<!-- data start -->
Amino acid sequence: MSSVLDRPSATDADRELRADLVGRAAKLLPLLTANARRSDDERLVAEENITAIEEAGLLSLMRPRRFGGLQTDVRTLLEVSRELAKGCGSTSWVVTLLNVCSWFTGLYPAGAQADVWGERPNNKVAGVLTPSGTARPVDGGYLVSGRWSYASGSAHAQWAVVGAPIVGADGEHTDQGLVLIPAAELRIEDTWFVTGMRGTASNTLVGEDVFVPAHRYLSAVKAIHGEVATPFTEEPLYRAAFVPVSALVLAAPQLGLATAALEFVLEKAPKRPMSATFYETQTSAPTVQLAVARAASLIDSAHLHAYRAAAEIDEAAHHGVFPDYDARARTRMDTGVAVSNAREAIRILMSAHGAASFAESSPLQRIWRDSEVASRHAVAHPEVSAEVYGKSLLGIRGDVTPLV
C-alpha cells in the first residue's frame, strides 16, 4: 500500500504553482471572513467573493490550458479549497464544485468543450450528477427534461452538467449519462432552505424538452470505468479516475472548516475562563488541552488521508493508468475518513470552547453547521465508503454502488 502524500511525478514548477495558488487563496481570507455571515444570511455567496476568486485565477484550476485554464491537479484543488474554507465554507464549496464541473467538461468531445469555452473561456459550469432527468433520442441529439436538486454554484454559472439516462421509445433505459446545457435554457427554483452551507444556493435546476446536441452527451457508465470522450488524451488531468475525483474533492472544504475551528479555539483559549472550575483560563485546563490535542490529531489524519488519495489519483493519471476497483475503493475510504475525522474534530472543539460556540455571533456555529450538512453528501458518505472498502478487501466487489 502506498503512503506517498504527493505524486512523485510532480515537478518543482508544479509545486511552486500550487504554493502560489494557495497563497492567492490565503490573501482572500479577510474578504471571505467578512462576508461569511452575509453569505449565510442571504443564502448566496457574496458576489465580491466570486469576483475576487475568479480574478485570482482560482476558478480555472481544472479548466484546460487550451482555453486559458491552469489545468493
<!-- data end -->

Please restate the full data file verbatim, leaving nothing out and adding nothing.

Amino acid sequence: MSSVLDRPSATDADRELRADLVGRAAKLLPLLTANARRSDDERLVAEENITAIEEAGLLSLMRPRRFGGLQTDVRTLLEVSRELAKGCGSTSWVVTLLNVCSWFTGLYPAGAQADVWGERPNNKVAGVLTPSGTARPVDGGYLVSGRWSYASGSAHAQWAVVGAPIVGADGEHTDQGLVLIPAAELRIEDTWFVTGMRGTASNTLVGEDVFVPAHRYLSAVKAIHGEVATPFTEEPLYRAAFVPVSALVLAAPQLGLATAALEFVLEKAPKRPMSATFYETQTSAPTVQLAVARAASLIDSAHLHAYRAAAEIDEAAHHGVFPDYDARARTRMDTGVAVSNAREAIRILMSAHGAASFAESSPLQRIWRDSEVASRHAVAHPEVSAEVYGKSLLGIRGDVTPLV
C-alpha cells in the first residue's frame, strides 16, 4: 500500500504553482471572513467573493490550458479549497464544485468543450450528477427534461452538467449519462432552505424538452470505468479516475472548516475562563488541552488521508493508468475518513470552547453547521465508503454502488 502524500511525478514548477495558488487563496481570507455571515444570511455567496476568486485565477484550476485554464491537479484543488474554507465554507464549496464541473467538461468531445469555452473561456459550469432527468433520442441529439436538486454554484454559472439516462421509445433505459446545457435554457427554483452551507444556493435546476446536441452527451457508465470522450488524451488531468475525483474533492472544504475551528479555539483559549472550575483560563485546563490535542490529531489524519488519495489519483493519471476497483475503493475510504475525522474534530472543539460556540455571533456555529450538512453528501458518505472498502478487501466487489 502506498503512503506517498504527493505524486512523485510532480515537478518543482508544479509545486511552486500550487504554493502560489494557495497563497492567492490565503490573501482572500479577510474578504471571505467578512462576508461569511452575509453569505449565510442571504443564502448566496457574496458576489465580491466570486469576483475576487475568479480574478485570482482560482476558478480555472481544472479548466484546460487550451482555453486559458491552469489545468493